Tuesday, August 31, 2010

Get your movieloving be-hind to ATL's STARLITE SIX!

Even if you count yourself amongst the most ardent of movie lovers, or the most dedicated of movie professionals, or the most brainy of movie critics, I guarantee not all of you have had the pleasure of pulling up on a hilly blacktop in a comfy-cool four-wheel ride, armed with all the preferred food and drink that you desire, outfitted with ass-fitting chairs and ear-tasty sound systems, gifted with comforting friends around and new friends to be found, blessed with an all-day (from noon on) line-up of shitkicker bands and an endless supply of corn dogs and fireworks and everything you could possibly imagine to make a moviegoing experience fun, and THEN, absolutely annointed by numerous ass-whooping movies, witnessed underneath the beautiful swaying trees, the shilly-shally breezes, and the shimmering stars. I guarantee most of you reading here have never experienced ANYTHING like this. But, now...now, if you look at and even click on the hot-doggy image below, you'll glimpse your chance at this invaluable experience. Five movies, playing on 24 F.P.S. film, outside, till the break of dawn, starting on the monumentally trucker-friendly day 10/10/10. To boot: you'll get shorts, policy trailers, and mucho cool previews--again, ON FILM--as the twinkling airplanes fly high above your and your darling's heads, and as the whipsmart wiseguys--you included--make fun of and revel in the movies onscreen. I know you guys reading this are worldly and clever, but certainly, not all of you have enjoyed this peachy experience. I mean: Roger Ebert? Anne Thompson? A.O. Scott? Todd McCarthy? Guy Lodge? Goddamn Armond White???? NO WAY! (Well, maybe Roger Ebert...) But this is something all of you, and all of your ilk, should experience, just like that 3D shite. I wouldn't bother to point it out if I didn't think it was true. So, if all this I been talkin' about is alien to you, damn, nee-gro, here's your chance to experience it at the WORLD'S (yes, I said the WORLD'S) greatest drive-in theater (SIX drive-in screens---can you beat it?). Never been to a drive-in? Sheltered? Lonely? Not in-the-know? Feel bad about it? Need a memorable kiss? And some tunes to go with it? Your vacation is set, sistas and brothas. Take this advise: CLICK HERE FOR VALUABLE INSTRUCTIONS.

Saturday, August 28, 2010

My Movie Poster Collection: L

Remember that you can always click on the images themselves to see them (hopefully) larger:

L.A. CONFIDENTIAL (Curtis Hanson, 97) Rolled, D
The best of all the many one-sheets for this magnificent modern noir.

LASERBLAST (Michael Rae, 78). Folded, VG
One of my favorite bad movies also has a killer poster. Sure, I like the little-seen Dave Allen-created aliens up at the top. And the fact that the layout and tagline typeface apes the look of that famous Star Wars poster. But my favorite part of this great bit of B-movie art? The ray/logo turning a sorry human into a flaming skeleton. Skeletons are one of funniest things on earth, don't you think?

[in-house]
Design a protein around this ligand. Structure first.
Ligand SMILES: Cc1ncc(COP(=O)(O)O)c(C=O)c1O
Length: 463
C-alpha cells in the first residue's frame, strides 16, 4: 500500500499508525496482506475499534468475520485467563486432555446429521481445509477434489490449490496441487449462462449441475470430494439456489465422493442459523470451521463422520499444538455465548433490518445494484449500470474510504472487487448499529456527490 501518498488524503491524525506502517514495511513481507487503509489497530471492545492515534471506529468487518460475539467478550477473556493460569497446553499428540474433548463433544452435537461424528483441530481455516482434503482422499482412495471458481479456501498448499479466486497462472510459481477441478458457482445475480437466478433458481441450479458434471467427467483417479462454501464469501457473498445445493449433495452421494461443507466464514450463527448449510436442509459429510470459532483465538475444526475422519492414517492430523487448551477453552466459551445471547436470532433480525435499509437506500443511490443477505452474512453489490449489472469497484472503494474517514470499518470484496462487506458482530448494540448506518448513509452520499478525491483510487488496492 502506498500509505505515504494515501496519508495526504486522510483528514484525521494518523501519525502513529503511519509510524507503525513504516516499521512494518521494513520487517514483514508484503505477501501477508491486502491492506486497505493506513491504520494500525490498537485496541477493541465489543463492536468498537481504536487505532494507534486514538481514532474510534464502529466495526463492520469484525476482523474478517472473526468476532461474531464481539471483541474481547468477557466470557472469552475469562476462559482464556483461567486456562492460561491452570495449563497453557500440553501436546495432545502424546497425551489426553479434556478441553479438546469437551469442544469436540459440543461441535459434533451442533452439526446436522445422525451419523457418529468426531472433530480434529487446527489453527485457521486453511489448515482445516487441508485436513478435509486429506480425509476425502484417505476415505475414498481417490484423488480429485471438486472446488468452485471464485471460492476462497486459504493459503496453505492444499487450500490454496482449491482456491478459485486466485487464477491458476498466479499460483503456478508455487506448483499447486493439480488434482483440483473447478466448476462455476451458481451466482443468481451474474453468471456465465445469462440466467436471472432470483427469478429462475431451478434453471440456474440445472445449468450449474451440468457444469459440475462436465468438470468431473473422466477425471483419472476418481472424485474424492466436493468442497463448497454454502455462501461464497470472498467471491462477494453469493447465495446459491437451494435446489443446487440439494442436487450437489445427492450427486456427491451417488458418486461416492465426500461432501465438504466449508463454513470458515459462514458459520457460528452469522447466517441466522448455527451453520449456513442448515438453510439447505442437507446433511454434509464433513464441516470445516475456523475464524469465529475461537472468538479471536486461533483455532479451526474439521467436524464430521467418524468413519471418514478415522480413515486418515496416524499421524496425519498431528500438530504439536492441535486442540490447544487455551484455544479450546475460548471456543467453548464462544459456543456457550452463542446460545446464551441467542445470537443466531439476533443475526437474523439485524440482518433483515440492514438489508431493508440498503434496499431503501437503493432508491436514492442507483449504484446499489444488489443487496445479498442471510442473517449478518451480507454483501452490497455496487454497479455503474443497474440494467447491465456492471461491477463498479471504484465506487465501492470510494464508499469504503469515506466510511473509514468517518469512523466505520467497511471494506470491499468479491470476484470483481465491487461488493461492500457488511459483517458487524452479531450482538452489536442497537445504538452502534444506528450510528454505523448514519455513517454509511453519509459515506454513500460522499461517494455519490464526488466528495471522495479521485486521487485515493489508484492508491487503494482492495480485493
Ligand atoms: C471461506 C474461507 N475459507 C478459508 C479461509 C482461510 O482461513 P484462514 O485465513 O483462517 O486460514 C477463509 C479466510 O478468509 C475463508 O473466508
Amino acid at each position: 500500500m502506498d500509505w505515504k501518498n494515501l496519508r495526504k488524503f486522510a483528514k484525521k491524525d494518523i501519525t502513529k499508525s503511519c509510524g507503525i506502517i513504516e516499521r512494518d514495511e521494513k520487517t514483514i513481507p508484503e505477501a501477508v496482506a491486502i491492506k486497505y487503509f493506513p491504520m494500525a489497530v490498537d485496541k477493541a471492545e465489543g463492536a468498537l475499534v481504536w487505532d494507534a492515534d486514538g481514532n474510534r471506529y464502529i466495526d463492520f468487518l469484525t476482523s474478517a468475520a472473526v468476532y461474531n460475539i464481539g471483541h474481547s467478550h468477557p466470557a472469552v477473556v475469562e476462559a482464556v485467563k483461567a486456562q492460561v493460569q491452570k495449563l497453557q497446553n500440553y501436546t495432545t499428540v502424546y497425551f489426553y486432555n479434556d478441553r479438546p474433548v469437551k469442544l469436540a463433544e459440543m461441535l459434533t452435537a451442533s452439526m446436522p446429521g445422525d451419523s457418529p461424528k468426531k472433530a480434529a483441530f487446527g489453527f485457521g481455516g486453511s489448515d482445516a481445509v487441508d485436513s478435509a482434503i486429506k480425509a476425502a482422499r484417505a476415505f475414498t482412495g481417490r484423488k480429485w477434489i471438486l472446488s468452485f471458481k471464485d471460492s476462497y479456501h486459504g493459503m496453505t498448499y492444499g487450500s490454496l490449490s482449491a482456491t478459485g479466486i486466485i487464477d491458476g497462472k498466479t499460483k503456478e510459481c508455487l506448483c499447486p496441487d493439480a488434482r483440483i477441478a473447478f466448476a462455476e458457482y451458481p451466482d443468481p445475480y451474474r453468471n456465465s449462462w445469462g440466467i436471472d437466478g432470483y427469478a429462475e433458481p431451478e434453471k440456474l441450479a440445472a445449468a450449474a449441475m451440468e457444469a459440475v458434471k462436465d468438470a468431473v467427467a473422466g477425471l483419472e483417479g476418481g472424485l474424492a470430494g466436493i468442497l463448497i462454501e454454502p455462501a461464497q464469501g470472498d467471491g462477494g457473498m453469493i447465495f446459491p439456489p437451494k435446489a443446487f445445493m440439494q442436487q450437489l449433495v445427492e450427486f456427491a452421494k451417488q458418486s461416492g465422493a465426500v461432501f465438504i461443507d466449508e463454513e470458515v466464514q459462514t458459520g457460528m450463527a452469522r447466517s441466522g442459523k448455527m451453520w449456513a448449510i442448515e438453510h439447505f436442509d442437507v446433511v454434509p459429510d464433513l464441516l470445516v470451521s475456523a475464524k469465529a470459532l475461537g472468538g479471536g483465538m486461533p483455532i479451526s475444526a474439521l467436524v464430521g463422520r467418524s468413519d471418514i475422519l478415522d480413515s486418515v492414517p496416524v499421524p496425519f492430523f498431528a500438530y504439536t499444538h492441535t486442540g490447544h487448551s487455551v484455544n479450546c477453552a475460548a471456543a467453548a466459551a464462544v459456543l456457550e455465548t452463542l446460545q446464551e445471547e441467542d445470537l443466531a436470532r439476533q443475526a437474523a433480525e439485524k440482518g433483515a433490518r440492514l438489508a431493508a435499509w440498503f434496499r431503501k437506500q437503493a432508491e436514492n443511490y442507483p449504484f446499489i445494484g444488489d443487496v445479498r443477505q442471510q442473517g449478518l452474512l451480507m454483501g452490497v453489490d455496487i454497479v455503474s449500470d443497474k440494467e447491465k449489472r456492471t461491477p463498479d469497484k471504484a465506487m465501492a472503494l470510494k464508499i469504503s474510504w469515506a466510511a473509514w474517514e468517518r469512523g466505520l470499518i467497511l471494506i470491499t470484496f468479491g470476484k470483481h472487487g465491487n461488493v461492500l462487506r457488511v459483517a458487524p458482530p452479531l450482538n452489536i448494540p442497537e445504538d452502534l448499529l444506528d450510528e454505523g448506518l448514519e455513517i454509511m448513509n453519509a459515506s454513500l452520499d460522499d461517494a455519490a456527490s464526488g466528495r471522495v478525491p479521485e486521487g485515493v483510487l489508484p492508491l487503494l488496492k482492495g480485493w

THE LAST DAYS OF DISCO (Whit Stillman, 98) Rolled, G
Boring movie, but having Kate Beckinsale AND Chloe Sevigny getting down on my wall? Yep, I'll take it.

'THE LAST PICTURE SHOW (Peter Bogdanovich, 71) Folded, NM
Best, most profound use of white space ever on a one-sheet.

THE LAST WALTZ (Martin Scorsese, 78). Folded, D.
My copy of this has a tiny tear in its middle, but it doesn't mar it overall. What a lineup this concert had. A truly landmark film. I met Levon Helm once at his home/studio, and he told me Robbie Robertson's mike was cut off the whole time they were filming.

LET'S SCARE JESSICA TO DEATH (John Hancock, 71). Folded, G
A brilliantly colored poster, with a truly horrifying image. An unjustly forgotten movie, too.

THE LIBERTINE (Pasquale Festa Campanile, 68). Folded, NM
Got this only because it had Radley Metzger's name on it. I'd much rather have a Lickerish Quartet poster, but this will have to do for now.

LICENSE TO KILL (John Glen, 89). Rolled, pre-release, F
One of my favorite Bond films. Dalton was a badass!

THE LIFE AND TIMES OF XAVIERA HOLLANDER (Larry G. Spangler, 74). Folded, VG
A strange entry in my collection. Very 70s graphics. Anyone ever seen this?

LIMBO (John Sayles, 1999). Rolled, VG
My only John Sayles movie poster. I really want a copy of the Matewan one-sheet (or even The Brother From Another Planet or Lianna). But I love this poster, and the movie, too!

LITTLE BUDDHA (Bernardo Bertolucci, 93). Folded, G
A gorgeous image for a dazzling Bertolucci epic.

LITTLE CHILDREN (Todd Fields, 2006). Rolled, NM
Another striking use of negative space, this time for Todd Fields' sobering look at suburban life. Bonus for having a sweaty Kate Winslet peeking at us from behind Patrick Wilson.

THE LITTLE GIRL WHO LIVED DOWN THE LANE (Nicolas Gessner, 76). Folded, VG
Creepy movie, with an evil Martin Sheen unfortunately missing from the one-sheet. Still, a good effort graphics-wise.

A LITTLE ROMANCE (George Roy Hill, 79). Folded, VG
I traded a Once Upon a Time in the West and a rare Road Warrior poster for this (at Jerry Ohlinger's Movie Material Store), and still think I got a good deal, though many wouldn't agree. The most obscure movie on my top ten of all time is also the best movie about romance out there. The Seurat-influenced image is absolutely perfect.

LOLLY MADONNA XXX (Richard C. Sarafian, 73). Folded, Style B, G
A shocking one-sheet, somehow, with an early-career Season Hubley as its center. Never seen this movie, but oh how I want to!